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Why Adjuncts at Robert Morris University Need a Union

by Jim Talerico
 
  

What are some of things people look for in a job—and why do they stay in a job? Typically, we want a career in which we are paid fairly, receive benefits, feel respected and valued, are able to make a contribution to the business or organization and, finally, where we are—at least most of the time—content and satisfied.

Unfortunately, for most adjunct professors—who make up more than 75 percent of all college professors—these goals are unattainable.

I talk from experience. My journey as an adjunct in English the past 12 years at Robert Morris University (RMU) has been a demoralizing, lonely battle to do what I love in a system that has no love at all. Adjuncts at RMU teach an average of six classes a year at an annual salary of $13,500. Here is a laundry list of the struggles most adjuncts face:
 
·        no pay increase—some adjuncts for up to 10 years
·        no job security
·        no benefits
·        no retirement plan
·        no seniority
·        no office of their own
·        no recognition of a job well done
 
These are just some of the reasons that adjuncts are joining hands at RMU to establish a union. We have been inspired by the success of adjuncts in forming bargaining units at Point Park University and Duquesne University.
 
As a footnote, this fall, the university finally gave adjuncts a “pay raise” of $150 for a one-semester class. I believe this is a calculating move aimed at patronizing adjuncts and heading off a union bid. In addition, adjuncts recently received a letter from RMU President Gregory Dell’Omo, where he says, “While some may find the idea of union representation appealing, it is worth noting that a union cannot guarantee any additional benefits. RMU can give no more to any employee than what the university’s finances will allow.”
 
This seems an audacious statement considering the president’s annual compensation is more than $600,000.
 
Like many adjuncts, I work at more than one college in order to make a living. Some semesters I have taught up to eight classes. Even at an average of six courses a semester, when you factor in the prep time and grading of papers, most adjuncts work at least 60 hours a week, which equals $2 an hour—30 percent of minimum wage.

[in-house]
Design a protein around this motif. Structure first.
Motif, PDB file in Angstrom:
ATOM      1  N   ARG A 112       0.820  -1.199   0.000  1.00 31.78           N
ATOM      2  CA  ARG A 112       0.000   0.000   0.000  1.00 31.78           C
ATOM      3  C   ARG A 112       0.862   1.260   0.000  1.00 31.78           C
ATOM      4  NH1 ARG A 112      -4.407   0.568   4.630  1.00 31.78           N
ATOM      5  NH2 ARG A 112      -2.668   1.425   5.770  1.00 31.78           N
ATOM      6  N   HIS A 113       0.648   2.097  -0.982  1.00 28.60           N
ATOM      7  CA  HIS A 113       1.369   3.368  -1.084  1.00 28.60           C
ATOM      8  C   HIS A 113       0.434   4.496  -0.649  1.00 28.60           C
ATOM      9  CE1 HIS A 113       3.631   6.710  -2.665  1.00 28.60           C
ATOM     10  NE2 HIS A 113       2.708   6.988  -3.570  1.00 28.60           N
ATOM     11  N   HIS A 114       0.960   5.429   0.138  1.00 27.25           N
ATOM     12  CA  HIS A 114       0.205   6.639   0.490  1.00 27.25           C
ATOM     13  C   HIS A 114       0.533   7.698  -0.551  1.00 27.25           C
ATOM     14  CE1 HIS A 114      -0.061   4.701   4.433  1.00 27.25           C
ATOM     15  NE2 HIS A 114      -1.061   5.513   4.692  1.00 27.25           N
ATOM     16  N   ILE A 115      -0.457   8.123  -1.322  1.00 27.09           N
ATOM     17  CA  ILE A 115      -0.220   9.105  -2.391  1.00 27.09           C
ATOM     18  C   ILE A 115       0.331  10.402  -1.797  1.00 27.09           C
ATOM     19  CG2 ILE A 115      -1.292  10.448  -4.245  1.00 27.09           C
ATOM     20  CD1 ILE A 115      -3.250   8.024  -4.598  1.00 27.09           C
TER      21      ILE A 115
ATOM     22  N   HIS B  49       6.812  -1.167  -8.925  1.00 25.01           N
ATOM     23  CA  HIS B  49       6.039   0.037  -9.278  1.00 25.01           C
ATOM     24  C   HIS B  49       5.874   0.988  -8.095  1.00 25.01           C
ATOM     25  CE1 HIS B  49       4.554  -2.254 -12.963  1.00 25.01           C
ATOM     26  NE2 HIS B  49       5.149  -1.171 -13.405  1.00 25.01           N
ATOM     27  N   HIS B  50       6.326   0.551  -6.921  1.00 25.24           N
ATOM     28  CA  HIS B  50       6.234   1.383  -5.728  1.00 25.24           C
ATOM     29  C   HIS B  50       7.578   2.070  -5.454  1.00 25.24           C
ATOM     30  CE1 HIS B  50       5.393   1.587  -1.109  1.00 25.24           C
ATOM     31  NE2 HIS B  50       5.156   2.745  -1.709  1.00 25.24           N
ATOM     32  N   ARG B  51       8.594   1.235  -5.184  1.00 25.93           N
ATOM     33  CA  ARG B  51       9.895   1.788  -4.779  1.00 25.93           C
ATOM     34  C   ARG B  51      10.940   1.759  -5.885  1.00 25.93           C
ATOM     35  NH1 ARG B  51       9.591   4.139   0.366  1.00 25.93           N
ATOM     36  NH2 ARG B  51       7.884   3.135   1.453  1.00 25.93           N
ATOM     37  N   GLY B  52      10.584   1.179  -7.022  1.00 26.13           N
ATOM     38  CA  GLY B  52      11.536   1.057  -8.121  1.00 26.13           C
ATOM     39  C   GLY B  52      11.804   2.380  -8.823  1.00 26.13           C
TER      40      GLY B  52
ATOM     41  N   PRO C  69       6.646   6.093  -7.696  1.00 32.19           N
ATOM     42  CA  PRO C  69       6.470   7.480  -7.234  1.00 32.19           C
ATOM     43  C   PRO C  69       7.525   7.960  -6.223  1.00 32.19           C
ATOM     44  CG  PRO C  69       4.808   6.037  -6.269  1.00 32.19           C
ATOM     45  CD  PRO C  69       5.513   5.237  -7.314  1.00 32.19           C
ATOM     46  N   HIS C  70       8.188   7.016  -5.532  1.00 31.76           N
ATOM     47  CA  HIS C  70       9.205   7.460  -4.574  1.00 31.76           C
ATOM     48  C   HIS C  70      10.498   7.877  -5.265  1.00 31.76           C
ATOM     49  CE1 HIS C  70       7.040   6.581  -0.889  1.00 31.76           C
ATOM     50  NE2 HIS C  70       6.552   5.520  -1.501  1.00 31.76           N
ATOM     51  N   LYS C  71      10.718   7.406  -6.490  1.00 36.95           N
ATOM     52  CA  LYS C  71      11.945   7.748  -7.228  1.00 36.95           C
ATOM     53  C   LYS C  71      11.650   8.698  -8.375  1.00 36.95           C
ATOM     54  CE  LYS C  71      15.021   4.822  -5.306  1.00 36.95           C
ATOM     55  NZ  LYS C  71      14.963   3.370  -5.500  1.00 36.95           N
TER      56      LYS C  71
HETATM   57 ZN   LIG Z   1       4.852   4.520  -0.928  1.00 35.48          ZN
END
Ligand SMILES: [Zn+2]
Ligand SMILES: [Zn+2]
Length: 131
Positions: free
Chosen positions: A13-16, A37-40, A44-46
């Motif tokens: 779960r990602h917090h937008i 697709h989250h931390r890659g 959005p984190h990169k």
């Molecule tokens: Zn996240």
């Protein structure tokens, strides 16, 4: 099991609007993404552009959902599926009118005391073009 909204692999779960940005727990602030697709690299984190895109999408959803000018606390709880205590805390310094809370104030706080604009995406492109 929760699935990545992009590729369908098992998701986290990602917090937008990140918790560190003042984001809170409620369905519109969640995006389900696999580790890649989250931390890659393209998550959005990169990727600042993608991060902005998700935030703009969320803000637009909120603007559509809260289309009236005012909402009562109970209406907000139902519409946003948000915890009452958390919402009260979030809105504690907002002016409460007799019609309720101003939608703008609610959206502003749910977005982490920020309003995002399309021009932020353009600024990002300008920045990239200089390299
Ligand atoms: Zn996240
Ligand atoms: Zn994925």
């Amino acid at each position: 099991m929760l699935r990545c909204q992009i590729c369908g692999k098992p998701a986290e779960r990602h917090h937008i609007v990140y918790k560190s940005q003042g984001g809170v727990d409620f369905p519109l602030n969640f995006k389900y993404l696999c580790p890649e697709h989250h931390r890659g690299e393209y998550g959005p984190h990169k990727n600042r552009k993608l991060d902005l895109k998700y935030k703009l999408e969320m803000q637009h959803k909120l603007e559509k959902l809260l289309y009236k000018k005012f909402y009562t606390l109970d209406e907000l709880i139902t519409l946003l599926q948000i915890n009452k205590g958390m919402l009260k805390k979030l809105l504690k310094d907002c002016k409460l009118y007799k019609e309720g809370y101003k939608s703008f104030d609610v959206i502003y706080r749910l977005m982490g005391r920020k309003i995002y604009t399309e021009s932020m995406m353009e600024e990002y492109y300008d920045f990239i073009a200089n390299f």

In the summer, adjuncts rarely receive classes at RMU. Each year, the adjuncts receive a letter from the university in late May stating that we have a reasonable chance of returning to work in the fall. This legal maneuver prevents adjuncts from receiving unemployment benefits if they are unable to find summer work.
 
A union will give adjuncts a united voice, a bargaining unit, a say in what is fair compensation and how we should be treated. Although many say a union is about power, there is something even more important—value. All of us want to feel valued in the workplace. All of us need support and encouragement in our jobs. All of us desire to advance in our careers and achieve success.
 
Unfortunately, being an adjunct is much like a dead-end job. Despite our hard work, dedication and success in the classroom, when a full-time position opens on campus, many of us are not even considered for the job. This defies logic. We are good enough to teach the same classes as full-time professors—to the same students in the same classrooms—but we are not good enough to be hired full-time. That’s a poorly run business, a broken system. In California, adjuncts who teach for five years are automatically given a full-time position.
 
RMU places great emphasis on student evaluations of their professors. I am happy to report I have received excellent reviews from my students over the years. However, I have never received one comment from my superiors regarding my job performance. This lack of acknowledgement sends a  metamessage that it doesn’t matter how well you do, as long as you aren’t causing any problems.
It seems ironic that adjuncts strive to encourage students, but we are discouraged; adjuncts desire to get students excited about their careers, yet we are uncertain about our own; adjuncts fill students with hope and optimism about the future, but we often feel powerless to change ours.
 
It’s now time to change the conversation about RMU adjuncts. This is an ethical and moral issue that can no longer be ignored. Will all students and faculty who want to see the end of adjunct exploitation please join us in an effort for equality.
 
Jim Talerico has served as an adjunct professor at both Robert Morris University and Community College of Allegheny County since 2003. He teaches courses in English, Business Communication, Professional Writing and Public Speaking.